Now, it is a great misfortune for a boy or girl to have such a mother as was thi< Maximilian Bowers'. I do not believe in too far ignoring facts to you children, and I know many of you have instinct enough to see fault* and failings in your elders.
Mrs. Bowers meant, in a general way, to do what was right. She loved Max with that deep, mother-love which, upon occasion, would have risked her life for his. But people may possibly go to dungeon and 6take for us, who would, on the whole, be dreadfully uncomfortable to lire with every day.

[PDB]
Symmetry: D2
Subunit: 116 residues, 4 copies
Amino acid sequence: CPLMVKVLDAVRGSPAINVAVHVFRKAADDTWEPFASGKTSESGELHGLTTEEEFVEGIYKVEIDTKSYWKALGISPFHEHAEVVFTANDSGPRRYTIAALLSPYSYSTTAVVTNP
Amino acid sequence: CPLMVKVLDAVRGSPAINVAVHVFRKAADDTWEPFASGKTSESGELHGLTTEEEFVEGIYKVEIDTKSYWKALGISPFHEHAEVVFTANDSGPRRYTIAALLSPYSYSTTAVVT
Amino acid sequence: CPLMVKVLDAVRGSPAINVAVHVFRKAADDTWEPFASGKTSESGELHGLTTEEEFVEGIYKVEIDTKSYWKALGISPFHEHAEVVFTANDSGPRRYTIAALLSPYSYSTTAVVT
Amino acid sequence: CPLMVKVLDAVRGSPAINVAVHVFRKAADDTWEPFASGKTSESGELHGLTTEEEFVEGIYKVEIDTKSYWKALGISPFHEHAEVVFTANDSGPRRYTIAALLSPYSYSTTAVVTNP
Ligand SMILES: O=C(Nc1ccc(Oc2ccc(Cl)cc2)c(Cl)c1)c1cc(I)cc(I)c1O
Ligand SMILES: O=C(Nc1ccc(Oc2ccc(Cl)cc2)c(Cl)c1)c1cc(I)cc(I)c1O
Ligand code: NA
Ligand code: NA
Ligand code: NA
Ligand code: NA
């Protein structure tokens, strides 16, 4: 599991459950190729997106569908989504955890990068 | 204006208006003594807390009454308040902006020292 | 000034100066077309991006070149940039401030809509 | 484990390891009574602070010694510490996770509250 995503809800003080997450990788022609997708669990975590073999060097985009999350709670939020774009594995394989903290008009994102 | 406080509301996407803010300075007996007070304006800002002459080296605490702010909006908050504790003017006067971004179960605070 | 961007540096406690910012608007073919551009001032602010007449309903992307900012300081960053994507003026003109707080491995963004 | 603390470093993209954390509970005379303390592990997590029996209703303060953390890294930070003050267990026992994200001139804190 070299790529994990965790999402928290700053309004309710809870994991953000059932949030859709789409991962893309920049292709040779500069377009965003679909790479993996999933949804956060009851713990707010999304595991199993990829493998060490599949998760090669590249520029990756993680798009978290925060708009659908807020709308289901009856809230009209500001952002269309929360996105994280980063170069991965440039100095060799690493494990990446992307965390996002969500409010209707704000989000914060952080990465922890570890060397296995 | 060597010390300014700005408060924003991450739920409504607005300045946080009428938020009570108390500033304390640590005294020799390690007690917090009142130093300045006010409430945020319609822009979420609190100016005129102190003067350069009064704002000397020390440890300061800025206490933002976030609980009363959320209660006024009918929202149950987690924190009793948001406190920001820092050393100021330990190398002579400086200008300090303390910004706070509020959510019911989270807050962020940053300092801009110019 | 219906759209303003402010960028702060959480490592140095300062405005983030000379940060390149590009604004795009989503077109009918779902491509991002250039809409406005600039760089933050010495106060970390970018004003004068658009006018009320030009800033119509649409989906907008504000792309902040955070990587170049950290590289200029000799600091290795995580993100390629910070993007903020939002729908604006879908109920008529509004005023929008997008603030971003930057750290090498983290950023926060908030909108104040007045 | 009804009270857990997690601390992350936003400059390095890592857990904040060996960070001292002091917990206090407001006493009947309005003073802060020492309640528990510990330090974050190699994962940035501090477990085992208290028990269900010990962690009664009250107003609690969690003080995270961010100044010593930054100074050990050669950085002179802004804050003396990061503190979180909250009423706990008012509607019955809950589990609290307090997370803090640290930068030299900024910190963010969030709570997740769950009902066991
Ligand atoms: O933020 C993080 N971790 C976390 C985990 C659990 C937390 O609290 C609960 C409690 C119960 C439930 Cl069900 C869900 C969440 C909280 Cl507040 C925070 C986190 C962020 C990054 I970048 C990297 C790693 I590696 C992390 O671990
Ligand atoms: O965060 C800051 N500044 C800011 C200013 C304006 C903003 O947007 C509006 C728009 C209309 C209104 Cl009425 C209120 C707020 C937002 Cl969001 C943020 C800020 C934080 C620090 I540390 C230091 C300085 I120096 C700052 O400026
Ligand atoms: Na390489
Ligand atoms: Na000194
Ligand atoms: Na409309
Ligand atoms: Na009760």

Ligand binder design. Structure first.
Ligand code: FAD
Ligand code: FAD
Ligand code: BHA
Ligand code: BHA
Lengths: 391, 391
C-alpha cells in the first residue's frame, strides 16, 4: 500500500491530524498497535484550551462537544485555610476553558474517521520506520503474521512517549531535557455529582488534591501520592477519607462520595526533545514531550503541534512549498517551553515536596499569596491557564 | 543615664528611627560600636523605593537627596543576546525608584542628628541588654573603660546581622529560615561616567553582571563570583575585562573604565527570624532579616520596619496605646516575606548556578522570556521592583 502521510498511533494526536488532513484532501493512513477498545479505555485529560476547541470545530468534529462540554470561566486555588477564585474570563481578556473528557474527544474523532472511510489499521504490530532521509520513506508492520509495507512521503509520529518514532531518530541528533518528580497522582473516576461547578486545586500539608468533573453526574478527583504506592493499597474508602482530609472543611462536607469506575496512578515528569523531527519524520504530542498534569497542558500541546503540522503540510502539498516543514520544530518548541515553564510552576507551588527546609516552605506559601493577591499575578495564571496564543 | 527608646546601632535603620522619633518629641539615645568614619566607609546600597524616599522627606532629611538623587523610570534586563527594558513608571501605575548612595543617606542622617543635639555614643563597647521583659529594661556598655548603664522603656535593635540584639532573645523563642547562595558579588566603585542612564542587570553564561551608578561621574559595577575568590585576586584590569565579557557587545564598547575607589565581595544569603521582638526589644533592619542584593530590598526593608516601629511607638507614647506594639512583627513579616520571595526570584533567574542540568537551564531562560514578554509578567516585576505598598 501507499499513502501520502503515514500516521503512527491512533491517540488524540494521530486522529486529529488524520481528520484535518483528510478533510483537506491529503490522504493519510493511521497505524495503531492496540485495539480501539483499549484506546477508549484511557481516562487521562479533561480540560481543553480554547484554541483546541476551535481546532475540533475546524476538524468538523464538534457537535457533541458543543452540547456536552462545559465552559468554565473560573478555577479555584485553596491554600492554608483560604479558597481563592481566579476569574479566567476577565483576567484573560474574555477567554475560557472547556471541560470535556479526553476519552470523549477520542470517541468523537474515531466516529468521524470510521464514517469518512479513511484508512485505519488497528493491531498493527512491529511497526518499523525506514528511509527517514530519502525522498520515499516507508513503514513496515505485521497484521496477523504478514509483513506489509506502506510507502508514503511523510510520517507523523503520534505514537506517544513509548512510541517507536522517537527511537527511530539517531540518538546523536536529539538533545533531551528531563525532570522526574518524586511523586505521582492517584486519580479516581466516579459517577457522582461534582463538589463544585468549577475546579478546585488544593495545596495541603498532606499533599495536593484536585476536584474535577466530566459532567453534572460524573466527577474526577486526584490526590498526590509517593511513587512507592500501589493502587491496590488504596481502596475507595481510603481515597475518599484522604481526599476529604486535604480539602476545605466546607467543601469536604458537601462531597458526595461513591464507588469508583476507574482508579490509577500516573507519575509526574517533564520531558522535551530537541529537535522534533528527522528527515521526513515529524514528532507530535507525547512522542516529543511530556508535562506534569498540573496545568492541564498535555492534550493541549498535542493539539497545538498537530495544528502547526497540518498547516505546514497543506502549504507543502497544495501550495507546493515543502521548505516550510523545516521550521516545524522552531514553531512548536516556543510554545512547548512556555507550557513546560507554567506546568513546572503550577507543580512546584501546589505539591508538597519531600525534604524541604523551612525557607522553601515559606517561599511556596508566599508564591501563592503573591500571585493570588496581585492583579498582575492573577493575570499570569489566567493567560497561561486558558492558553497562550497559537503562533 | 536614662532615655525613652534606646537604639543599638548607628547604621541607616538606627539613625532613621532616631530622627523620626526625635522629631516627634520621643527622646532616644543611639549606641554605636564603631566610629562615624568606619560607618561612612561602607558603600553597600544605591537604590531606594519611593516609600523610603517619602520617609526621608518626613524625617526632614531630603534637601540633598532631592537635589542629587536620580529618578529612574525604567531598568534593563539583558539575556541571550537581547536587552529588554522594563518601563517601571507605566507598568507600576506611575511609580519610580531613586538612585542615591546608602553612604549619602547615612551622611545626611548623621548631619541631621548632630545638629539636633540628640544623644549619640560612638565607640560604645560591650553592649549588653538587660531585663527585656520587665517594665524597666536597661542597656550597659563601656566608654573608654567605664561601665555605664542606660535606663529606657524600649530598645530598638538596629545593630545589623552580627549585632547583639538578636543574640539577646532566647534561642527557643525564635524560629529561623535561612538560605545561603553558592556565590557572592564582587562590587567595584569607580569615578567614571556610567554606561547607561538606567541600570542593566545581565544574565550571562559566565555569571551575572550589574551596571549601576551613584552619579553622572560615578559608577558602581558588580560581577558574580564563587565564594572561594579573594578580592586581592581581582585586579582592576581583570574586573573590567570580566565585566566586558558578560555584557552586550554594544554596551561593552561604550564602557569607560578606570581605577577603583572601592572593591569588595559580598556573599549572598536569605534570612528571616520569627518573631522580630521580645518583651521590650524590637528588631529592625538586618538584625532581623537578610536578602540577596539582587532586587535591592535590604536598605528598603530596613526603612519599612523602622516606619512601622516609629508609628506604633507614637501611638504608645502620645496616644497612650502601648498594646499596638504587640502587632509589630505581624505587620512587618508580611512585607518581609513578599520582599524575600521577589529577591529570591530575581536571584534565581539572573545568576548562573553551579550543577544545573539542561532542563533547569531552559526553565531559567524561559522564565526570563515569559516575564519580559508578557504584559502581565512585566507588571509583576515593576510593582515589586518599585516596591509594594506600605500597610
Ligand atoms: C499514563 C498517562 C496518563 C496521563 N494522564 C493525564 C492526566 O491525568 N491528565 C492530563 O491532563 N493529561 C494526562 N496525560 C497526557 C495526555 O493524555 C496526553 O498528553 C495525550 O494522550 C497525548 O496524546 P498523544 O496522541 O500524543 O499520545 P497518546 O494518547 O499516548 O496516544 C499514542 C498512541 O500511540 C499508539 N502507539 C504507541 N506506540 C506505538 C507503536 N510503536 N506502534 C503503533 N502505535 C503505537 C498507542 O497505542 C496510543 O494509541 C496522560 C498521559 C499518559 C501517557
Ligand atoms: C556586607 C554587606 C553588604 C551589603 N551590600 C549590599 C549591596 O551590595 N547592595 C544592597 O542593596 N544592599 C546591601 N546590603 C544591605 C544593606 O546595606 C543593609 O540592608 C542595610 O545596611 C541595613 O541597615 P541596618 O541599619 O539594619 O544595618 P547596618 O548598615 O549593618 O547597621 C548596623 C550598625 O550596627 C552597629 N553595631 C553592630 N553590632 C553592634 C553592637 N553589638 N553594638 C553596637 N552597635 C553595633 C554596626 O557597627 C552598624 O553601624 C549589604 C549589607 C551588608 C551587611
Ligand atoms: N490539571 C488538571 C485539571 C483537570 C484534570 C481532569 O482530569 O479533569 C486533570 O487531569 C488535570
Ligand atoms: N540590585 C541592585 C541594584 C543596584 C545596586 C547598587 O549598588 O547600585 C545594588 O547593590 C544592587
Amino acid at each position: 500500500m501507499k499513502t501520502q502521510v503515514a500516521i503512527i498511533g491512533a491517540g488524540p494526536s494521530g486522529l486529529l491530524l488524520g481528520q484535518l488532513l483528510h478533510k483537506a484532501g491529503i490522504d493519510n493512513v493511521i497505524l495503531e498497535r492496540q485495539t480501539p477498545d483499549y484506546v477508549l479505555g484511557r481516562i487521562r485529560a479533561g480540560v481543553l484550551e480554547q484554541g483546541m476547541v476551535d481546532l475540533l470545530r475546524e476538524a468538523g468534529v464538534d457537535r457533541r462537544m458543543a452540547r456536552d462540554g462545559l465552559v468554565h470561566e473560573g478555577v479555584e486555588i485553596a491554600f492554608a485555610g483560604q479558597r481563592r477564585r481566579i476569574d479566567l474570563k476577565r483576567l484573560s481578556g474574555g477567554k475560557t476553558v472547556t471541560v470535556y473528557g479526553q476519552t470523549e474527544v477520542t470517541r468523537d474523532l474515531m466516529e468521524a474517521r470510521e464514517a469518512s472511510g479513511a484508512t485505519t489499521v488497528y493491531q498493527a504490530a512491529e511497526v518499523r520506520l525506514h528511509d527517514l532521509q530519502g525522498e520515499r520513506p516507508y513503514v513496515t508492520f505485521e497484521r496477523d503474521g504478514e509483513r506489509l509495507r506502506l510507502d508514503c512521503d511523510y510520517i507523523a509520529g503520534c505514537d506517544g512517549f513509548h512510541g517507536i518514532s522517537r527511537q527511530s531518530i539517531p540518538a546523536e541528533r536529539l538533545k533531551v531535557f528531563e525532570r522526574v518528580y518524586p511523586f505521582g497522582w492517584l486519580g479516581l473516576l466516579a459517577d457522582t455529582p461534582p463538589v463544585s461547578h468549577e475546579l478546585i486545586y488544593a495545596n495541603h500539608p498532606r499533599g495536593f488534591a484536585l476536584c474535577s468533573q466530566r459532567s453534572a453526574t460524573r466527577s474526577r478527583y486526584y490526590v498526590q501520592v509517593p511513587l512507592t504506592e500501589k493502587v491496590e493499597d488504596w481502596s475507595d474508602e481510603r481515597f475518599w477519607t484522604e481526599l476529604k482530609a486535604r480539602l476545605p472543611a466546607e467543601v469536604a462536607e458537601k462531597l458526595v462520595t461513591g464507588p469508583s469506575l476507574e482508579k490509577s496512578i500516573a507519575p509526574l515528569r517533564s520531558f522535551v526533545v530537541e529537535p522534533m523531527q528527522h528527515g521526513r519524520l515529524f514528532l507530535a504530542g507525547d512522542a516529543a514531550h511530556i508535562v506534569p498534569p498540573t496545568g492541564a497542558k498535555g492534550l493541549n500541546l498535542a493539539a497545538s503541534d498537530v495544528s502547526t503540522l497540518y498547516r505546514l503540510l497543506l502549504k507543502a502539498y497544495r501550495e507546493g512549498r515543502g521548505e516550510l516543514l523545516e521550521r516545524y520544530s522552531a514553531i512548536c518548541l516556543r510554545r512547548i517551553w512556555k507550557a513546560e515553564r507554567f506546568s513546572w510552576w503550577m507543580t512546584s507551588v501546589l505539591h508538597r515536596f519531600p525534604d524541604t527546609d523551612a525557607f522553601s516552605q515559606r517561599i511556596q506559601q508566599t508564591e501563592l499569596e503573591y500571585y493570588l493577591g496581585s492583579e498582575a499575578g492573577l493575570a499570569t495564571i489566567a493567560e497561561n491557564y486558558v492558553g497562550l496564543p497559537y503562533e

Mrs. Bowers never once in her life stopped to consider that she owed to the children whom God had given her, a pleasant face, a cheerful voice; hers had a trick of tone that rasped one's nerves at times; or her depressed moods, which were her prevailing ones, fell like a visible chill and darkness upon the young souls around her.
Maximilian — you will wonder how the country boy came by this royal name, and I hope it will suggest to you something of tbe grand courts and the gorgeous shows far across the sea, more than three centuries ago, and the old German emperor that moved among bis princely knights and vassals in the old time?, that shine down upon us with a marvellous grace and lustre, but that, after all, are not half so good as the new.